The Final Stretch | Yuko Okabe, ’17 BFA Illustration
Ideas, Ideas, Ideas
The last couple of weeks brought a huge wave of brainstorming, sketching, creating, and discussion with Jason and the team. As of last Friday, I have spoken to 48 different patients, still keeping up a wide age range. The more I spoke with patients, the bigger the game world within the Neuromotion platform grew in my head. What world should they encounter? What sort of problems? The original plan was to have the player go to different cities around the world during the game, but I kept thinking that the metagame could be a great opportunity to imbue something more engaging and creative, while still keeping the experience cohesive.
When I brought up this thought to Jason, he thought of how aside from the biofeedback component, helping children with emotional regulation often means teaching them necessary executive functions. After a thoughtful pause, he pondered, “What if each place the character could go to could teach different executive functions? It could be a good chance to teach some psychotherapy in the game.”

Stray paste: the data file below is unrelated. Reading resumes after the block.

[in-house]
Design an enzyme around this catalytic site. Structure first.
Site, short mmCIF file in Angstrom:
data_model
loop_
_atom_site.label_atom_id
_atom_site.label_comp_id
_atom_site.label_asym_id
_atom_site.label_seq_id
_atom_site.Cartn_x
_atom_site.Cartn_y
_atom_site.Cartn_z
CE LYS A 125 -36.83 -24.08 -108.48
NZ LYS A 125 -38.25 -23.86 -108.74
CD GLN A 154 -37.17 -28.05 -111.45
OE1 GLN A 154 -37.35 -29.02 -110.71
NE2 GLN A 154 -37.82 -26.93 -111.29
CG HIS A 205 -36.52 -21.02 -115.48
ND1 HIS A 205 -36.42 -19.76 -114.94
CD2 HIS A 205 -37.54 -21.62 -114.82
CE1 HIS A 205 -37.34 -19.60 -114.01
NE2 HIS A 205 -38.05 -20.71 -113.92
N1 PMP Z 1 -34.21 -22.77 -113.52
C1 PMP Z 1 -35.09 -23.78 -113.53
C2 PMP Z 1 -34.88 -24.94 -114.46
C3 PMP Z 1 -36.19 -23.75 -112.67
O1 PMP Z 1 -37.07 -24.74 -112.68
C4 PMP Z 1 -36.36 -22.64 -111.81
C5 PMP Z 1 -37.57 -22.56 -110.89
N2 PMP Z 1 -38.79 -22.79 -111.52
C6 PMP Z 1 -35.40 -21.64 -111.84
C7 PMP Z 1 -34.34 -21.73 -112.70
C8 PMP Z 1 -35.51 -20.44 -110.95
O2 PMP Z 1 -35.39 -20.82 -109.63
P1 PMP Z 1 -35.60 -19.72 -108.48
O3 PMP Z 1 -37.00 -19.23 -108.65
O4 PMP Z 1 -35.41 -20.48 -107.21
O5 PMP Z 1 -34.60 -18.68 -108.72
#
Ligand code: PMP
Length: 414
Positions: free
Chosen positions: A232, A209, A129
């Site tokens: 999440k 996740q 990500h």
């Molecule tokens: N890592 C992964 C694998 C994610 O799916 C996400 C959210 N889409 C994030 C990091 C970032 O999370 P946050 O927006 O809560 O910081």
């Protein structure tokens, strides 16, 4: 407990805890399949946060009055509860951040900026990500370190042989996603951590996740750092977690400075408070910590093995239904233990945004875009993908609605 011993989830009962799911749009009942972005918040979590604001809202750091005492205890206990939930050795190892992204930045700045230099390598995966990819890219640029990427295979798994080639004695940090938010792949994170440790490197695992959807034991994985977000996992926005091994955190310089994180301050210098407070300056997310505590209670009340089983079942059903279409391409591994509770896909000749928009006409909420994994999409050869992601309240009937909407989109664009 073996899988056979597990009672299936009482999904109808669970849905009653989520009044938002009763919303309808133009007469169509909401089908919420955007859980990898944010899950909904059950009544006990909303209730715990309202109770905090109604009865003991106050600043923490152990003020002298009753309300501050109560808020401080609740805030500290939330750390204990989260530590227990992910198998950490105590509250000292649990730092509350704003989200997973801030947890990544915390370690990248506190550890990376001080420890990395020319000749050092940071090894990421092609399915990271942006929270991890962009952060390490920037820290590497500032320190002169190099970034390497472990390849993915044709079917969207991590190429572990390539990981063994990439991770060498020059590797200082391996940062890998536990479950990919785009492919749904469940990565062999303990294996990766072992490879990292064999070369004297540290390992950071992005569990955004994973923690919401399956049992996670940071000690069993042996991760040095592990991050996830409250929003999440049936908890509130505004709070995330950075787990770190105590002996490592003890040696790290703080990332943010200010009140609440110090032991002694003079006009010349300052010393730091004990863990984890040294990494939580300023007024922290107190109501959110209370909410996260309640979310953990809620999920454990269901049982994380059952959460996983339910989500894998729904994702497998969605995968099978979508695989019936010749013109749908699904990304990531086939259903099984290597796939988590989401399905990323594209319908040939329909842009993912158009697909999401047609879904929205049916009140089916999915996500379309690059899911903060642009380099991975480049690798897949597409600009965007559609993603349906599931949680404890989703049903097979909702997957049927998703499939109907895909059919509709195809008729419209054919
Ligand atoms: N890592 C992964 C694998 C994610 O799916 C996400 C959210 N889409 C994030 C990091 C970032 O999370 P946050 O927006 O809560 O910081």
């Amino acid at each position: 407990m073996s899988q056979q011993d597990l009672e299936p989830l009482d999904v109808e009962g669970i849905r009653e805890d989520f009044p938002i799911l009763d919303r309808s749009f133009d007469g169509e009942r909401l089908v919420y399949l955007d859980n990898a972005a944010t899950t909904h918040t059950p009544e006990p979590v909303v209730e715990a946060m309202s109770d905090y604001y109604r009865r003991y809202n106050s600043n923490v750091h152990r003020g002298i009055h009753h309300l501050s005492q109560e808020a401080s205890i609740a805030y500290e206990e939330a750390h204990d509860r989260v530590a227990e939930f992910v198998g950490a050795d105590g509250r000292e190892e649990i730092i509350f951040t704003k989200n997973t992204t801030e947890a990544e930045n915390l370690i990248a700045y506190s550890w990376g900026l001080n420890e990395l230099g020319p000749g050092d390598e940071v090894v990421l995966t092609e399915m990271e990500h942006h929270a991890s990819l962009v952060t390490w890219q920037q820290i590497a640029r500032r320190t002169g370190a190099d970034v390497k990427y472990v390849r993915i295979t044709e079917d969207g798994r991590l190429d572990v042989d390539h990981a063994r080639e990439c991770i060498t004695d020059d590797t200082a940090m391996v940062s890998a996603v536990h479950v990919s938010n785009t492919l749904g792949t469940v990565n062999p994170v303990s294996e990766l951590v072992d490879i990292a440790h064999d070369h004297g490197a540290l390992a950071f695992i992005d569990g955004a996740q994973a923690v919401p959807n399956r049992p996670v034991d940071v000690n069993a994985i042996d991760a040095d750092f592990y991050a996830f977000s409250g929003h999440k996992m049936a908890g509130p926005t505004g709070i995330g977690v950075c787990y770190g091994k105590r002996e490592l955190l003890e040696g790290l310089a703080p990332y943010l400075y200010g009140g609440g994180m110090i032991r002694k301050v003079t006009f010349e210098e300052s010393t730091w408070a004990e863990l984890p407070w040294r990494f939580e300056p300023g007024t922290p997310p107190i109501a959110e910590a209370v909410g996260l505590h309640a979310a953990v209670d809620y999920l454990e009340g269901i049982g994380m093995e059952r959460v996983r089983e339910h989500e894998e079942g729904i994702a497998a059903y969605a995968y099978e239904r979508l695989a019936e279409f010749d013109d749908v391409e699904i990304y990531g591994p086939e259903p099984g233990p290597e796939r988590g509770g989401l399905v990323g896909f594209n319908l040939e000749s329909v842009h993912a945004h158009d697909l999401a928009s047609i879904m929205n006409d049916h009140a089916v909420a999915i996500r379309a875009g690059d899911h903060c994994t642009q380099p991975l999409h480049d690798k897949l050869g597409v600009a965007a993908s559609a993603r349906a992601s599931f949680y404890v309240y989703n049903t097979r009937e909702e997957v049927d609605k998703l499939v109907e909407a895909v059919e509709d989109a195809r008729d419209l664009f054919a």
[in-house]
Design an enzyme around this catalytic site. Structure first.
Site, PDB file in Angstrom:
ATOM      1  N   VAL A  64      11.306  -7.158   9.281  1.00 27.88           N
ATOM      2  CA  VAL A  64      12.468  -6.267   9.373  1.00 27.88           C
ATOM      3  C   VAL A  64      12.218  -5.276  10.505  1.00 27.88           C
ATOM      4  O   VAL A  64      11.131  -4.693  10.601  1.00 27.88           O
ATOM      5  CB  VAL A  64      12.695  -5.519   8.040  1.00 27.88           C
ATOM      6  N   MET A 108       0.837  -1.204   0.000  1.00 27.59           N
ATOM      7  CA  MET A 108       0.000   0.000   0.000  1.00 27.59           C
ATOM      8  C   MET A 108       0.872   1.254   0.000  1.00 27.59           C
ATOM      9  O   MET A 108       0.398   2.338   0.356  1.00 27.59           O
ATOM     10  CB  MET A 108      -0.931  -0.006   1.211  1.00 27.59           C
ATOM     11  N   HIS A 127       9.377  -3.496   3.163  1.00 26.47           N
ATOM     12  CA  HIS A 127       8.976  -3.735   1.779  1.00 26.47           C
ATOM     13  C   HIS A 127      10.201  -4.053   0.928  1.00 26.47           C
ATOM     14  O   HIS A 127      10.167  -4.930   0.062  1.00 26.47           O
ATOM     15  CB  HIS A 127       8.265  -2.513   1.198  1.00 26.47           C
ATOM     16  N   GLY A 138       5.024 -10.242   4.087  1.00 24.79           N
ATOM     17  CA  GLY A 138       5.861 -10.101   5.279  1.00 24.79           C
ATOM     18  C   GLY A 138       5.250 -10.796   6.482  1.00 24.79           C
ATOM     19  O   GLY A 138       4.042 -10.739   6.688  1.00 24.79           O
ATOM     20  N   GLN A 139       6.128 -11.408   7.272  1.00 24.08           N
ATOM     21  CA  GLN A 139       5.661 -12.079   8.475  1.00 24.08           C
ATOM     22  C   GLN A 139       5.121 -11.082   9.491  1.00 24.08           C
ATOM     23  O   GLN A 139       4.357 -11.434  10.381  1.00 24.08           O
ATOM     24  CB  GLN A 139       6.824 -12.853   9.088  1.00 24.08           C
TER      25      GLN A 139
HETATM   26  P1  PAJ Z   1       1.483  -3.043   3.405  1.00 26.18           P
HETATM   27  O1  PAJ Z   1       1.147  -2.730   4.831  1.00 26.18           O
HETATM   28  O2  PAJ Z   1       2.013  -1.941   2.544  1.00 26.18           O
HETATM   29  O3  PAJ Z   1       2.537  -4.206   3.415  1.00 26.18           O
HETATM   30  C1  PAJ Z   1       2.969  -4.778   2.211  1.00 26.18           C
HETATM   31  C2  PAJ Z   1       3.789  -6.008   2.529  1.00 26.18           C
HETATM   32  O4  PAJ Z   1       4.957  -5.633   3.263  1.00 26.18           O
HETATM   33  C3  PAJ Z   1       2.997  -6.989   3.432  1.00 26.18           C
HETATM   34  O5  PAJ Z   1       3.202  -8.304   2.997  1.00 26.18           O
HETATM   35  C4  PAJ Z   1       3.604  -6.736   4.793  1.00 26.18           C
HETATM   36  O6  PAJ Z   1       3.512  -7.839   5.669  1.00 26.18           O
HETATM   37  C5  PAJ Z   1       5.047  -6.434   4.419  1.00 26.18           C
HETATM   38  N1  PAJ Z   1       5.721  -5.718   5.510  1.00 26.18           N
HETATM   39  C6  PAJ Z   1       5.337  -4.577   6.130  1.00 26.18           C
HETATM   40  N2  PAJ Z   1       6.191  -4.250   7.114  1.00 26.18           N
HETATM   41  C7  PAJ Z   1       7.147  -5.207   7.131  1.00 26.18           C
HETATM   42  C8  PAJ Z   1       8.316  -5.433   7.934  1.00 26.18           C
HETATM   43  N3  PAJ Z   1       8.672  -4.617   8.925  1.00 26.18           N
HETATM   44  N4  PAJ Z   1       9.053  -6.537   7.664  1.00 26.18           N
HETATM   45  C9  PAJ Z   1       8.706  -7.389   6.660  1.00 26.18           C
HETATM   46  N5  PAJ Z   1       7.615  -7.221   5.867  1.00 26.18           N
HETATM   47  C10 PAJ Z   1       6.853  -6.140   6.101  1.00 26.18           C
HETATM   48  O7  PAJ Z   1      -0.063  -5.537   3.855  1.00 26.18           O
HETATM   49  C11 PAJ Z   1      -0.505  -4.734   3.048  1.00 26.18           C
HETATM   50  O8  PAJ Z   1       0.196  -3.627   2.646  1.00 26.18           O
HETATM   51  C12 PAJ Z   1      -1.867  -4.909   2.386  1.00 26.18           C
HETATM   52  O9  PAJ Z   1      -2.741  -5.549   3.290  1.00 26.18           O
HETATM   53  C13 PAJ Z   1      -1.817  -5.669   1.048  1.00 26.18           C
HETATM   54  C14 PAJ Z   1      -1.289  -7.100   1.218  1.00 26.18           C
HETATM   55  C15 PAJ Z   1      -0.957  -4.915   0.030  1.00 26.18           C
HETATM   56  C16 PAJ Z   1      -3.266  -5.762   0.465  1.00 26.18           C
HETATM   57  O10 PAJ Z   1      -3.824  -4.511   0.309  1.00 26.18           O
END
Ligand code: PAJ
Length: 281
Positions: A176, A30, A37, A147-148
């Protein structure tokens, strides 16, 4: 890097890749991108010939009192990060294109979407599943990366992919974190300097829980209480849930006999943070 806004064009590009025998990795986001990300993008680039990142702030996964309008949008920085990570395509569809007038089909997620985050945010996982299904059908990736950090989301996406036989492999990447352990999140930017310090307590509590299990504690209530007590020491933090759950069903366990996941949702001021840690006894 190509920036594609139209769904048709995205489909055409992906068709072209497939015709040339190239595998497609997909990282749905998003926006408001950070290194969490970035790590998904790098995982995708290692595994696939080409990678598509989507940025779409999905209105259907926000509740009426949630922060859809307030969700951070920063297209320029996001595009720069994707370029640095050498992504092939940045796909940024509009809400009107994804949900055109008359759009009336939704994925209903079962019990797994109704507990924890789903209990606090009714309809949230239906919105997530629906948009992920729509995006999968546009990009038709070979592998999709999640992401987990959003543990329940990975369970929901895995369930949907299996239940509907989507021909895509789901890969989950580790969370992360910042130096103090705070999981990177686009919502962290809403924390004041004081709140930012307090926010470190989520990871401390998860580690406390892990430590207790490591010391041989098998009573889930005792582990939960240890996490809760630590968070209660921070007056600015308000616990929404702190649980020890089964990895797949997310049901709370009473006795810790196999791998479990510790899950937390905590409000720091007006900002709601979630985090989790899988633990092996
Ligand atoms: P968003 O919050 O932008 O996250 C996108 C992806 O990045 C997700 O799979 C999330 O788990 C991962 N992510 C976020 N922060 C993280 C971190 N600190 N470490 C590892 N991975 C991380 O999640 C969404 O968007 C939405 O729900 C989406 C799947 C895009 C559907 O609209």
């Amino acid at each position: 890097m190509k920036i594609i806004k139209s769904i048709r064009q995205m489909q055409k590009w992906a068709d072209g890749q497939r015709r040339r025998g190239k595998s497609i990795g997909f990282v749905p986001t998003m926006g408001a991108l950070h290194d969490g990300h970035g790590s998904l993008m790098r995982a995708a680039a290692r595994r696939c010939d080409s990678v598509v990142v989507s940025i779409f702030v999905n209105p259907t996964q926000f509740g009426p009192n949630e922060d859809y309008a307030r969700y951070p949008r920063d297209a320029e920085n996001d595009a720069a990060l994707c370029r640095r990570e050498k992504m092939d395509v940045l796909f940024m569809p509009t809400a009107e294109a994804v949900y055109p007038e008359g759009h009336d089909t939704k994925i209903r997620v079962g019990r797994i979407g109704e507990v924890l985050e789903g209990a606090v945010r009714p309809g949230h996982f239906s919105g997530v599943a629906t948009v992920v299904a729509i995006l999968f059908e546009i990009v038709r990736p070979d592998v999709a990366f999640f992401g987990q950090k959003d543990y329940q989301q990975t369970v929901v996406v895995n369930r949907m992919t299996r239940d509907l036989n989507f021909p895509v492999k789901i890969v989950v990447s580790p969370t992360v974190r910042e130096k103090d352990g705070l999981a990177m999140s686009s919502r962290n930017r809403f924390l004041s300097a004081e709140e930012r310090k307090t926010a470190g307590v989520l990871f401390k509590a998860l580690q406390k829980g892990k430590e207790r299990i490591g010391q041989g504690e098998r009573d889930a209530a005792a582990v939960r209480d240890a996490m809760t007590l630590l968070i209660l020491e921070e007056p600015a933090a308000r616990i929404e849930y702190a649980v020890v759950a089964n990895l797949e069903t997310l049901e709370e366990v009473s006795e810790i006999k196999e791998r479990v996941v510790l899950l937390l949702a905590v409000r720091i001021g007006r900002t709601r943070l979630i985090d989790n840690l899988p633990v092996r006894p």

I ruminated on this thought for a few seconds, but the cams and cranks in Jason’s brain were already flickering a small light of inspiration. Without missing a beat, he slid over to his computer and e-mailed me an article about this subject, simply called Executive Functions by Adele Diamond, a professor from the University of British Columbia and BC Children’s Hospital, Vancouver. She wrote:
Executive functions are “a collection of top-down control processes used when going on automatic or relying on instinct or intuition would be ill-advised, insufficient, or impossible.